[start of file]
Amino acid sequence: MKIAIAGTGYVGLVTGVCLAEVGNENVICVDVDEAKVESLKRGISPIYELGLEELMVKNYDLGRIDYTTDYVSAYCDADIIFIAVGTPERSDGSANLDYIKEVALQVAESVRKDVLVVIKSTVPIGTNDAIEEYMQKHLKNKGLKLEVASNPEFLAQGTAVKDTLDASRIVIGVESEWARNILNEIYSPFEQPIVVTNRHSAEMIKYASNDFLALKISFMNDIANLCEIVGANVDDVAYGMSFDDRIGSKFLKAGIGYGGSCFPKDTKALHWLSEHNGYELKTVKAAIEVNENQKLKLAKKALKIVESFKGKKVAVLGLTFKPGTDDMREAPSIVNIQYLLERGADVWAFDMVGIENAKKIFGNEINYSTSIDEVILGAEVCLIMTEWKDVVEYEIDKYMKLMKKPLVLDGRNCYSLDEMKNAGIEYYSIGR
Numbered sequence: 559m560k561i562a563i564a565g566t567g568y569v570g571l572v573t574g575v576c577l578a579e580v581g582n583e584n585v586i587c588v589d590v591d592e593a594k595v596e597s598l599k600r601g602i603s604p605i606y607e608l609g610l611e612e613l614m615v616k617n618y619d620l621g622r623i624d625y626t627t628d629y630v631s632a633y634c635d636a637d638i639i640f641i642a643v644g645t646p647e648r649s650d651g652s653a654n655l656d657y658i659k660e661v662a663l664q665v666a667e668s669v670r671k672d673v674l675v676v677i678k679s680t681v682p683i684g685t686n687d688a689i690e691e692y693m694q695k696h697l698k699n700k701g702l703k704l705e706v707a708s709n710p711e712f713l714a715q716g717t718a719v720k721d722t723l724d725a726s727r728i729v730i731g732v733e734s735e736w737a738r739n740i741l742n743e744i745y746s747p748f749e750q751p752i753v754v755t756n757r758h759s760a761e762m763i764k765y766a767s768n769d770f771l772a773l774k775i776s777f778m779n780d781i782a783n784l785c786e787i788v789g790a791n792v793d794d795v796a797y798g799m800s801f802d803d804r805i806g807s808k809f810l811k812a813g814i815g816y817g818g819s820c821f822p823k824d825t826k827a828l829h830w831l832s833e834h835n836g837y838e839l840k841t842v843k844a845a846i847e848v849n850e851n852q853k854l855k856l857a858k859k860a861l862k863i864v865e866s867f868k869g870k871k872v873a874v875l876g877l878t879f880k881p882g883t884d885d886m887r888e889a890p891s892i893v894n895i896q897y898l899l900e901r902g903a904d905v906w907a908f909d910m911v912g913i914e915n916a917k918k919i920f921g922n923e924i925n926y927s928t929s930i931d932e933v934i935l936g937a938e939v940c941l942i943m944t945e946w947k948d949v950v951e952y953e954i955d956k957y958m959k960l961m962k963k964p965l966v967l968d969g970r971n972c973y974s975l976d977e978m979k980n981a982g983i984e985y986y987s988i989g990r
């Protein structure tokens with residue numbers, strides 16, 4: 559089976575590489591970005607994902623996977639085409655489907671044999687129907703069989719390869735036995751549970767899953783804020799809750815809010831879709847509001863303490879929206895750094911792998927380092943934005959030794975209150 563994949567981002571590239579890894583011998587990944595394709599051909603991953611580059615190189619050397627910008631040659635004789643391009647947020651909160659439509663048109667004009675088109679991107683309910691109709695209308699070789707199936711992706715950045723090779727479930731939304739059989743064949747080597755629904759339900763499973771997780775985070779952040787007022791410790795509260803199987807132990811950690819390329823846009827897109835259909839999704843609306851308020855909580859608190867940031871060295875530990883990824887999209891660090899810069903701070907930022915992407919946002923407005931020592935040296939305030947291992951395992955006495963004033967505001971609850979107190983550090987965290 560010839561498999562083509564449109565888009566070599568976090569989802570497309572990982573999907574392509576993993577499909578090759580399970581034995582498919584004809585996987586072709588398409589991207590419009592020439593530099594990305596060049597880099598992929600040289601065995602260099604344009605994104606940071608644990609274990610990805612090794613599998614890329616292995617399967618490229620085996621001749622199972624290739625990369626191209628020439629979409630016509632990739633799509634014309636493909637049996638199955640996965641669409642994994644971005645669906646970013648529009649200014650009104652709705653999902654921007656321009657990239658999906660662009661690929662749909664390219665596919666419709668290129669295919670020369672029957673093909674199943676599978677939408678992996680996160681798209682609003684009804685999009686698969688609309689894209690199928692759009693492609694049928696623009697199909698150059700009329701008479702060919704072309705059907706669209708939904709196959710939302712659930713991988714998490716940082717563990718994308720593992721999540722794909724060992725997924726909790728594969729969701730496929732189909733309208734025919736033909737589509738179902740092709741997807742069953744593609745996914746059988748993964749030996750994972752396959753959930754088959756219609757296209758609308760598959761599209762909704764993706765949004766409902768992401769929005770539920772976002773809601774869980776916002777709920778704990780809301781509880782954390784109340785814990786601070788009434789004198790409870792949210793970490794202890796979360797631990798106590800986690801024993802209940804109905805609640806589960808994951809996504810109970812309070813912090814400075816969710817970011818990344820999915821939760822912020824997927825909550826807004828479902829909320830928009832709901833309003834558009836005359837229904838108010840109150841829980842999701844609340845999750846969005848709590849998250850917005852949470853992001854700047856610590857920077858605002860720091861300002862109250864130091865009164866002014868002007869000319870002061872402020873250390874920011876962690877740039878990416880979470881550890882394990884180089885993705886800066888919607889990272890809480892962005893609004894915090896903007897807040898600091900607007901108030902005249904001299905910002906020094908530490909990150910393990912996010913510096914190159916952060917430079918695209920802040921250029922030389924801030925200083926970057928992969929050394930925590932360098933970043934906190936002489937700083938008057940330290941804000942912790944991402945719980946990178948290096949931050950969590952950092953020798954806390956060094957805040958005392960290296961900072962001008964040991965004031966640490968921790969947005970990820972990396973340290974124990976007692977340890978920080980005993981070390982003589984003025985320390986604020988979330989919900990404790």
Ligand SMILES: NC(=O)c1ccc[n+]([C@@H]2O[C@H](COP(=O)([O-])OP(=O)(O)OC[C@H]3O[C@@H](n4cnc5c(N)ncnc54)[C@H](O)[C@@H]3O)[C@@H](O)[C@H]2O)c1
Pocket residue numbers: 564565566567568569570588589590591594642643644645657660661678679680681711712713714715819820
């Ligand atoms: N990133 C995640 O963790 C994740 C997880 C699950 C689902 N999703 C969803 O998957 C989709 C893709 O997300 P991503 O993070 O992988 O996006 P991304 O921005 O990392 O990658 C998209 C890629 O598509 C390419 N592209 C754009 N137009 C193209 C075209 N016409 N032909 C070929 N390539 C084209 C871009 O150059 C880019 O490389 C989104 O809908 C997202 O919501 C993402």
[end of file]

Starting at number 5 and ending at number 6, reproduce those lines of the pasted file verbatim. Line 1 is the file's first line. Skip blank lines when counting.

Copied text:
Pocket residue numbers: 564565566567568569570588589590591594642643644645657660661678679680681711712713714715819820
């Ligand atoms: N990133 C995640 O963790 C994740 C997880 C699950 C689902 N999703 C969803 O998957 C989709 C893709 O997300 P991503 O993070 O992988 O996006 P991304 O921005 O990392 O990658 C998209 C890629 O598509 C390419 N592209 C754009 N137009 C193209 C075209 N016409 N032909 C070929 N390539 C084209 C871009 O150059 C880019 O490389 C989104 O809908 C997202 O919501 C993402």